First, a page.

LifeID is the dream and the promise of an open-identity system that will deliver self-sovereign identity to billions of people and operate in perpetuity, perhaps for the rest of humanity’s digital era.

For nearly two years, the LifeID team has researched, developed and built the beginnings of that dream, and it is close to delivering the very early stages of its decentralized, self-sovereign identity system. It will be driven by economic incentives, be open-source and be built on a permissionless network, and it will include a governance mechanism that reduces censorship risk and grants ownership and votership to participants on the network. Specifically, the LifeID team is close to having a v0.1 release of its smart contract-powered lifeID protocol, lifeID mobile app alpha, lifeID API Bridge, lifeID OpenID Connect Server and other needed components.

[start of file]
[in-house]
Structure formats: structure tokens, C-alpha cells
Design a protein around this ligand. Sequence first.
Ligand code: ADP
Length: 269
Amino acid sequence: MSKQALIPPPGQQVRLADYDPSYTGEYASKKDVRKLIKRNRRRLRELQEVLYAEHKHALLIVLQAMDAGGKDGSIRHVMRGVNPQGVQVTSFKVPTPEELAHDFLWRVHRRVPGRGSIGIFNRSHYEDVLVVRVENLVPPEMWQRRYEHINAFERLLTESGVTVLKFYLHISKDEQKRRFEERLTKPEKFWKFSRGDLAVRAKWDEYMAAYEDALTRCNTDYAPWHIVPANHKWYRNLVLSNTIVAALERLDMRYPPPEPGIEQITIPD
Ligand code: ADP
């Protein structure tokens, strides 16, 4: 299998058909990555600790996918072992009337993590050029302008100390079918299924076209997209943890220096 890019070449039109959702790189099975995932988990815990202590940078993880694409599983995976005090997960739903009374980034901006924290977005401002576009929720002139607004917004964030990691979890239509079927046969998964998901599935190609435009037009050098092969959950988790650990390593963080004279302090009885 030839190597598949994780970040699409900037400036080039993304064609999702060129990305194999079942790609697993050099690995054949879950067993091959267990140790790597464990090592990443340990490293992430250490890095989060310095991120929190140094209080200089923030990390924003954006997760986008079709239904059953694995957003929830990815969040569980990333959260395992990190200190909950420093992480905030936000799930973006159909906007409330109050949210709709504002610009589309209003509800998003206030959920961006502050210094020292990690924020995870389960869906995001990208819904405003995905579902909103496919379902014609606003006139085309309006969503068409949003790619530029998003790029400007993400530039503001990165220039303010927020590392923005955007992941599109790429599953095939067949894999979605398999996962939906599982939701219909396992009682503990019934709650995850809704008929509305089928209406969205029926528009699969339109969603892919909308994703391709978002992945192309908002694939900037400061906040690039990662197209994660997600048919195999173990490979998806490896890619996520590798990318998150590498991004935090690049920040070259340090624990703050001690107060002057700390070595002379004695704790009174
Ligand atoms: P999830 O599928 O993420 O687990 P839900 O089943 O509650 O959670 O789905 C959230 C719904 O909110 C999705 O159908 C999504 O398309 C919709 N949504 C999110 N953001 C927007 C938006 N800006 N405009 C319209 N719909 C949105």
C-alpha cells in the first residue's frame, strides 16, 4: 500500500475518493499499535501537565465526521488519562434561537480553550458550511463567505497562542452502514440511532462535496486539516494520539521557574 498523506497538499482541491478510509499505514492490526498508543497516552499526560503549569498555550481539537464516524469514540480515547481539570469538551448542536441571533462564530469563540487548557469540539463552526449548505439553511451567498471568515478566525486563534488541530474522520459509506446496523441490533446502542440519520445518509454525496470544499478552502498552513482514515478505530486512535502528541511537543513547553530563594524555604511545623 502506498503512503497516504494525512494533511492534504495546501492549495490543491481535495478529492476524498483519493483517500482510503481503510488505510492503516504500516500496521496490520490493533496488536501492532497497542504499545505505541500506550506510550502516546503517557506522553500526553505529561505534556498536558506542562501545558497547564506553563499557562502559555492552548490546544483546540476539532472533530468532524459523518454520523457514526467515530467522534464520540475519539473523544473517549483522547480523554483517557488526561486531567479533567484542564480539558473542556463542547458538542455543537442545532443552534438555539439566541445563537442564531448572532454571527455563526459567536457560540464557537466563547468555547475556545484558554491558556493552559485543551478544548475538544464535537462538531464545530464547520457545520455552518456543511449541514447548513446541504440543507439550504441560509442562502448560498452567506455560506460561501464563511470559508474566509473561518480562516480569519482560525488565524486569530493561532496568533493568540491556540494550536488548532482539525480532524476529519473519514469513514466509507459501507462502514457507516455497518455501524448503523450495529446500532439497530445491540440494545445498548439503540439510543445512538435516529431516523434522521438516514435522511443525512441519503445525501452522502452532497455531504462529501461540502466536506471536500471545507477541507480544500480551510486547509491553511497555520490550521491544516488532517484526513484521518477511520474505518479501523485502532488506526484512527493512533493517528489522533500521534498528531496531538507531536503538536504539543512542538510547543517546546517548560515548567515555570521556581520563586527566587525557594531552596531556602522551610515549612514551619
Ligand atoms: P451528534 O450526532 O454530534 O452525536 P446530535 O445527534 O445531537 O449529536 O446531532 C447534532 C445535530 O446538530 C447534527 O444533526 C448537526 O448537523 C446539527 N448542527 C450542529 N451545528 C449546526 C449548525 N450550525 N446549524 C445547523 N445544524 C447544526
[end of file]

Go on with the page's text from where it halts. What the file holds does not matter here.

Over the next few weeks, I’ll be discussing what this set of tools will enable once ready. Like with any bleeding-edge technology, adoption depends partly on understanding what it can do differently than the technology that precedes it (the incumbent) and partly on understanding how the newcomer actually works.

What is a Self-Sovereign Identity?

A self-sovereign identity is an identity made up of information you, as a user, own and control. The information can include your name, age, address, employment status, college of graduation, professional certification, the fact that you are a member of a certain membership rewards program, your status as the purchaser of a particular airline ticket or almost anything else you can think of that can be connected to you for a single-use or reusable purpose.